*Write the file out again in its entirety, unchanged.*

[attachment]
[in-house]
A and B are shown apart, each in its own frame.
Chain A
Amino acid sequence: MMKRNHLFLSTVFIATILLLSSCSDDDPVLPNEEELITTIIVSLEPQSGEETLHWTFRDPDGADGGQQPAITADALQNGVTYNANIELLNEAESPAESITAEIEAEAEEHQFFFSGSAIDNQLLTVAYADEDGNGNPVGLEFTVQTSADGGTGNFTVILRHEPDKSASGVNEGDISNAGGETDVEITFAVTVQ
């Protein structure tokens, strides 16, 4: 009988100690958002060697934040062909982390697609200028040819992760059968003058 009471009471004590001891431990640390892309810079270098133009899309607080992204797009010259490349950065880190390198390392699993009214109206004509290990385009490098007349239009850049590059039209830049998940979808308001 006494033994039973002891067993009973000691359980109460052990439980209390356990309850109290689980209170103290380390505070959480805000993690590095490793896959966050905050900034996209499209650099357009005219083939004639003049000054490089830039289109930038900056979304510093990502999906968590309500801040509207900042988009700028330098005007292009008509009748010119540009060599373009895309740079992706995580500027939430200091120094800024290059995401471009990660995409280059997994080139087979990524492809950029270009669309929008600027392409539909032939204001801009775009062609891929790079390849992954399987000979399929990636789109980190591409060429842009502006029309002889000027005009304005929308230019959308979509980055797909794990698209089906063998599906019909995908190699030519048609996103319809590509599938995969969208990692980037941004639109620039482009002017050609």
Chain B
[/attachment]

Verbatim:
[in-house]
A and B are shown apart, each in its own frame.
Chain A
Amino acid sequence: MMKRNHLFLSTVFIATILLLSSCSDDDPVLPNEEELITTIIVSLEPQSGEETLHWTFRDPDGADGGQQPAITADALQNGVTYNANIELLNEAESPAESITAEIEAEAEEHQFFFSGSAIDNQLLTVAYADEDGNGNPVGLEFTVQTSADGGTGNFTVILRHEPDKSASGVNEGDISNAGGETDVEITFAVTVQ
């Protein structure tokens, strides 16, 4: 009988100690958002060697934040062909982390697609200028040819992760059968003058 009471009471004590001891431990640390892309810079270098133009899309607080992204797009010259490349950065880190390198390392699993009214109206004509290990385009490098007349239009850049590059039209830049998940979808308001 006494033994039973002891067993009973000691359980109460052990439980209390356990309850109290689980209170103290380390505070959480805000993690590095490793896959966050905050900034996209499209650099357009005219083939004639003049000054490089830039289109930038900056979304510093990502999906968590309500801040509207900042988009700028330098005007292009008509009748010119540009060599373009895309740079992706995580500027939430200091120094800024290059995401471009990660995409280059997994080139087979990524492809950029270009669309929008600027392409539909032939204001801009775009062609891929790079390849992954399987000979399929990636789109980190591409060429842009502006029309002889000027005009304005929308230019959308979509980055797909794990698209089906063998599906019909995908190699030519048609996103319809590509599938995969969208990692980037941004639109620039482009002017050609």
Chain B